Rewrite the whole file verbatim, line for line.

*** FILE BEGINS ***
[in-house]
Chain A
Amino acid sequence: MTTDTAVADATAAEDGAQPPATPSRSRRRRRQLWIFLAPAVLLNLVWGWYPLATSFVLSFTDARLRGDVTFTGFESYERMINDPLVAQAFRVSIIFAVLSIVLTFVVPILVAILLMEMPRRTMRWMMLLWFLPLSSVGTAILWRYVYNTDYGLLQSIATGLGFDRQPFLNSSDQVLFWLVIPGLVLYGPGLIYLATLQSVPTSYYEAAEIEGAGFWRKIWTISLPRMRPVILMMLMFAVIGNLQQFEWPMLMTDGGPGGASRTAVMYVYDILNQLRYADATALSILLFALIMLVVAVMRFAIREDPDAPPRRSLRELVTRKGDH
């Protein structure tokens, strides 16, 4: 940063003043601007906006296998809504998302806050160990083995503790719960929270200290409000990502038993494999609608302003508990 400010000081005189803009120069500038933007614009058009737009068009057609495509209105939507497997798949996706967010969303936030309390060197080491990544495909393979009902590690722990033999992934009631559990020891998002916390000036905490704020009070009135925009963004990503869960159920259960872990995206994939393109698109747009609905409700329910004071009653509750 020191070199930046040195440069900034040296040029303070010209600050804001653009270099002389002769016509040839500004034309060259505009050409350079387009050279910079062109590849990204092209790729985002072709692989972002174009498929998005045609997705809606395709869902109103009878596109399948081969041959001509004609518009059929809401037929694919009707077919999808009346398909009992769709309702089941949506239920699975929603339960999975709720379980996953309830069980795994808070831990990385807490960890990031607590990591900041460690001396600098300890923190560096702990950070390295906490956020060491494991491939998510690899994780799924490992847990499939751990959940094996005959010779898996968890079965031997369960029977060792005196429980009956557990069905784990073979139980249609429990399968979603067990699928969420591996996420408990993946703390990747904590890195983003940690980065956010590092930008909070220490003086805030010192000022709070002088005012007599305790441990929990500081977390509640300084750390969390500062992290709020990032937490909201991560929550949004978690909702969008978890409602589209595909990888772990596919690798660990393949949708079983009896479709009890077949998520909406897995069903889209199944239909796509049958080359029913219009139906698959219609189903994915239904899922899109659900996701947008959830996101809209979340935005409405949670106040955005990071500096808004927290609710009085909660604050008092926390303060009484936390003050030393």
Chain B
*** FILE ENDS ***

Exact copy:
[in-house]
Chain A
Amino acid sequence: MTTDTAVADATAAEDGAQPPATPSRSRRRRRQLWIFLAPAVLLNLVWGWYPLATSFVLSFTDARLRGDVTFTGFESYERMINDPLVAQAFRVSIIFAVLSIVLTFVVPILVAILLMEMPRRTMRWMMLLWFLPLSSVGTAILWRYVYNTDYGLLQSIATGLGFDRQPFLNSSDQVLFWLVIPGLVLYGPGLIYLATLQSVPTSYYEAAEIEGAGFWRKIWTISLPRMRPVILMMLMFAVIGNLQQFEWPMLMTDGGPGGASRTAVMYVYDILNQLRYADATALSILLFALIMLVVAVMRFAIREDPDAPPRRSLRELVTRKGDH
């Protein structure tokens, strides 16, 4: 940063003043601007906006296998809504998302806050160990083995503790719960929270200290409000990502038993494999609608302003508990 400010000081005189803009120069500038933007614009058009737009068009057609495509209105939507497997798949996706967010969303936030309390060197080491990544495909393979009902590690722990033999992934009631559990020891998002916390000036905490704020009070009135925009963004990503869960159920259960872990995206994939393109698109747009609905409700329910004071009653509750 020191070199930046040195440069900034040296040029303070010209600050804001653009270099002389002769016509040839500004034309060259505009050409350079387009050279910079062109590849990204092209790729985002072709692989972002174009498929998005045609997705809606395709869902109103009878596109399948081969041959001509004609518009059929809401037929694919009707077919999808009346398909009992769709309702089941949506239920699975929603339960999975709720379980996953309830069980795994808070831990990385807490960890990031607590990591900041460690001396600098300890923190560096702990950070390295906490956020060491494991491939998510690899994780799924490992847990499939751990959940094996005959010779898996968890079965031997369960029977060792005196429980009956557990069905784990073979139980249609429990399968979603067990699928969420591996996420408990993946703390990747904590890195983003940690980065956010590092930008909070220490003086805030010192000022709070002088005012007599305790441990929990500081977390509640300084750390969390500062992290709020990032937490909201991560929550949004978690909702969008978890409602589209595909990888772990596919690798660990393949949708079983009896479709009890077949998520909406897995069903889209199944239909796509049958080359029913219009139906698959219609189903994915239904899922899109659900996701947008959830996101809209979340935005409405949670106040955005990071500096808004927290609710009085909660604050008092926390303060009484936390003050030393």
Chain B